Young Alum Pays Back Scholarship In Full

stories-2010-04-bolt.jpgFrom the May 2010 issue of Our Moment, the UConn Foundation's e-newsletter.

For School of Nursing alumna Lindsay Bolt ’04, the decision to give back to UConn was a personal one, based on a long-running friendly relationship with the donor who helped fund her own education. Over the period of several years, in partial donations every month, Bolt managed to repay in full the scholarship support she received at UConn.

The San Francisco Bay-area nurse is now established on her educational and career path in community health and international nursing, with an eye toward public policy and teaching. But in the first few years of out of UConn, things were much tighter.

“I was pretty broke when I moved out here,” she says. “But I had received a couple of great alumni scholarships while I was a student, specifically for the research I was doing on health care and the transgender and gay communities. Honestly, I was worried that if I didn’t give back, that scholarship would disappear for future students.”

Although she had remained in contact with the donor of her own scholarship, Bolt did not tell him that she was working toward repaying the support he had provided through the UConn Foundation.

“I realized that I didn’t have to starve to do it. I just budgeted every month. I knew groceries cost this much. I knew how high rents were in the Bay area, and I just made sure I wrote that check to the Foundation first,” she says. “You know what the biggest help was? Knowing that it wasn’t a bother for them to cash my small checks every month. Once I learned that it wasn’t, I just kind of plugged away at it until I was done.”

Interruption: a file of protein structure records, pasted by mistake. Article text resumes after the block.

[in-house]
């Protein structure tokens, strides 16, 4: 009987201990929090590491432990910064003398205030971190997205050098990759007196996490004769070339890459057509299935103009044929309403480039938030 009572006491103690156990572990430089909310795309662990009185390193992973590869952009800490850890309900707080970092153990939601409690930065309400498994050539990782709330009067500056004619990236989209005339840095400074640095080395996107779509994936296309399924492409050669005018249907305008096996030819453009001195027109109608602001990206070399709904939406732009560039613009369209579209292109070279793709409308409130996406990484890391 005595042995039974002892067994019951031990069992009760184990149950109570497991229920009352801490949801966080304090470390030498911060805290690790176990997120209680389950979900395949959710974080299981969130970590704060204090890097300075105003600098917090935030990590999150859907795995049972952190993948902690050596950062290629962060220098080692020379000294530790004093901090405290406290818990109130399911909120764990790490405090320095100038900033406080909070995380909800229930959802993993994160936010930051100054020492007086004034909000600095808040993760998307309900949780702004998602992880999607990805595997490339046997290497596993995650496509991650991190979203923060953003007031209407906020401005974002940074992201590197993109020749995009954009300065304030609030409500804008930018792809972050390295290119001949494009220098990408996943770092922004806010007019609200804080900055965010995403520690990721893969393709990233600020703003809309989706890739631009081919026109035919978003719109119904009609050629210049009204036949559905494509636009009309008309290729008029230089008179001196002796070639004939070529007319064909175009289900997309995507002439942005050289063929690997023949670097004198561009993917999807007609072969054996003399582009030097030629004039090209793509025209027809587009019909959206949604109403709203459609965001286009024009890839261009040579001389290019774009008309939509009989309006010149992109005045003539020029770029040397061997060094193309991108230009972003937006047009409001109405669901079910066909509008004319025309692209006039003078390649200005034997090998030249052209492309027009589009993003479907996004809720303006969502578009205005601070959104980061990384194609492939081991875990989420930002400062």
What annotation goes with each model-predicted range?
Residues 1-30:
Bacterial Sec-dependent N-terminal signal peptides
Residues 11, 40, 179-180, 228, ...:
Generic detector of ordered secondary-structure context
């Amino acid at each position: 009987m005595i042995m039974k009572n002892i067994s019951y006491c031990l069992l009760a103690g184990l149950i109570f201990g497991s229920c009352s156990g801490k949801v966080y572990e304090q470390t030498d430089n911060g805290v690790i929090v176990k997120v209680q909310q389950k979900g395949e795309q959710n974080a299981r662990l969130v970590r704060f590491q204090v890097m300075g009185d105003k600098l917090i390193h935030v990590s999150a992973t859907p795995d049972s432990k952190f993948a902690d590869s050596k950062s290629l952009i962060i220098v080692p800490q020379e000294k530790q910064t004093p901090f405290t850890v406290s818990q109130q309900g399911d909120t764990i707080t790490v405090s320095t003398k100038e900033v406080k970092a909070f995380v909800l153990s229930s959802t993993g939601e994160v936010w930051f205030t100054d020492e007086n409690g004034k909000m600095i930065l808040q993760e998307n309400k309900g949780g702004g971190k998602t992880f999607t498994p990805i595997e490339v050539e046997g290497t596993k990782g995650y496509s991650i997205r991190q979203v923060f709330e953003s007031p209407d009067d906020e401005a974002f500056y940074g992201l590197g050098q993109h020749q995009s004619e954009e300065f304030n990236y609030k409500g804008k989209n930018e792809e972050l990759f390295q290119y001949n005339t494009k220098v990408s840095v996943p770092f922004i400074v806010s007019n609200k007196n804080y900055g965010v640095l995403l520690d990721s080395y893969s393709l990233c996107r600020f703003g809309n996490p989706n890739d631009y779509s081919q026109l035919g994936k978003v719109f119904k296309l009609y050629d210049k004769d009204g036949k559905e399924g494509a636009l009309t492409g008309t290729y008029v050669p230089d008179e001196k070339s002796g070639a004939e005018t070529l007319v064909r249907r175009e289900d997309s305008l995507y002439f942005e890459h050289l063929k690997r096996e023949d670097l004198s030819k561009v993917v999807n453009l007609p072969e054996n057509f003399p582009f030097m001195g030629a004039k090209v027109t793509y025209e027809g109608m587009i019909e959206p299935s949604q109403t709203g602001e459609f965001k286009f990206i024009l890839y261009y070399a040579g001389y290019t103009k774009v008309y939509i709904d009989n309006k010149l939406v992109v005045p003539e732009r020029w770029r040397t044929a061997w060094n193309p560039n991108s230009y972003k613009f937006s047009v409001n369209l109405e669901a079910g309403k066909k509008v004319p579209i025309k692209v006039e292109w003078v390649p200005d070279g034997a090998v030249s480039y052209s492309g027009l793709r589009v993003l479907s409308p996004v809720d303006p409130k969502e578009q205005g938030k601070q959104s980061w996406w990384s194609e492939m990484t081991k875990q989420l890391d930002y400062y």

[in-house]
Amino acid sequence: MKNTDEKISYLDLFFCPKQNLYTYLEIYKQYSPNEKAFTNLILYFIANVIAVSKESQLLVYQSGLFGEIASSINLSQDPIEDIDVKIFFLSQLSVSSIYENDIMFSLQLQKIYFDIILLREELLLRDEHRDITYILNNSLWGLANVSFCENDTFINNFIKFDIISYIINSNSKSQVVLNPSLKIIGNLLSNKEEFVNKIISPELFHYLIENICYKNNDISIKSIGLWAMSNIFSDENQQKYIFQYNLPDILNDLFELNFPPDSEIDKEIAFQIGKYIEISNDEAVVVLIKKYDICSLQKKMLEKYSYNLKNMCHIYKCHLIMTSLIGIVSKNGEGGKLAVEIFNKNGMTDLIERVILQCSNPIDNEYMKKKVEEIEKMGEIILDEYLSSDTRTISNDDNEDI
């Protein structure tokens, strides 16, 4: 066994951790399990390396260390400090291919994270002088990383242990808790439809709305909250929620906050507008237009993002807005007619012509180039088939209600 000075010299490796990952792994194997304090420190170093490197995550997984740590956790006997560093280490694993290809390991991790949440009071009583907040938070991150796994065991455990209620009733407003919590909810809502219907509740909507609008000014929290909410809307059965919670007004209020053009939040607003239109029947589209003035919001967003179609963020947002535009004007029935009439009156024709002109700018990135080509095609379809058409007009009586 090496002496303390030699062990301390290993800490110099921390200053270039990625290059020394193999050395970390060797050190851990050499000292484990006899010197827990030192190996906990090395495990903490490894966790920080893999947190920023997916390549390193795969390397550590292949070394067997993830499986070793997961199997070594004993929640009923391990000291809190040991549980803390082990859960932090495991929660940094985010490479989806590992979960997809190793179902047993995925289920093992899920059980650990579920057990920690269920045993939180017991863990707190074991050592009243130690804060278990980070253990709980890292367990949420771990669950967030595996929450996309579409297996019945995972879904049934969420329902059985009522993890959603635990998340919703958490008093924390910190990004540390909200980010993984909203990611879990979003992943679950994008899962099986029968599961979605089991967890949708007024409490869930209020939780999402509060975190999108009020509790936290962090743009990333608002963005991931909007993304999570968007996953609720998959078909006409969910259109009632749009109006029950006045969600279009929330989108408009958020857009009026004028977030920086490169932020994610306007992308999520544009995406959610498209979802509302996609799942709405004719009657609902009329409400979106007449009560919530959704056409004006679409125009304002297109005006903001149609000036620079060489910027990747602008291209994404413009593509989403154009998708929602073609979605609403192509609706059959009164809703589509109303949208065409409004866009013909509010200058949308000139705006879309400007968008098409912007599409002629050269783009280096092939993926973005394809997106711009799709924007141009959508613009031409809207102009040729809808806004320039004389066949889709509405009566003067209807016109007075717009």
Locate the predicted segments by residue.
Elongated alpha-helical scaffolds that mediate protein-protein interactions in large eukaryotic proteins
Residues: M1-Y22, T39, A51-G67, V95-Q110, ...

Bolt grew up near UConn, and always considered the University a “home away from home.” While in the Honors Program, she decided to conduct an individualized research project and received the first $620 in scholarship support that helped her pay for a computer to do fieldwork. The scholarship Bolt received had been made by the donor as a tribute to his partner, who worked as a medic and nurse and had a family connection to UConn.

Bolt and her donor corresponded while she was at UConn and afterward, exchanging Christmas cards and notes about life, her work and research.  After her first undergraduate research project, studying the experience of transgender patients in the health care system, she received the scholarship support for a second year.

She says that she wants her own giving to leave a similar legacy.

“I’d like to look back and see that there are still people getting the scholarship well into the future and that nurses are doing research on those who are under-cared for, who are receiving sub-par care that  interacts negatively with their dignity. I want nurses to be trusted by our patients in their most vulnerable moment. That’s the core of nursing.”

For more information about supporting the School of Nursing, please contact the UConn Foundation’s development department.

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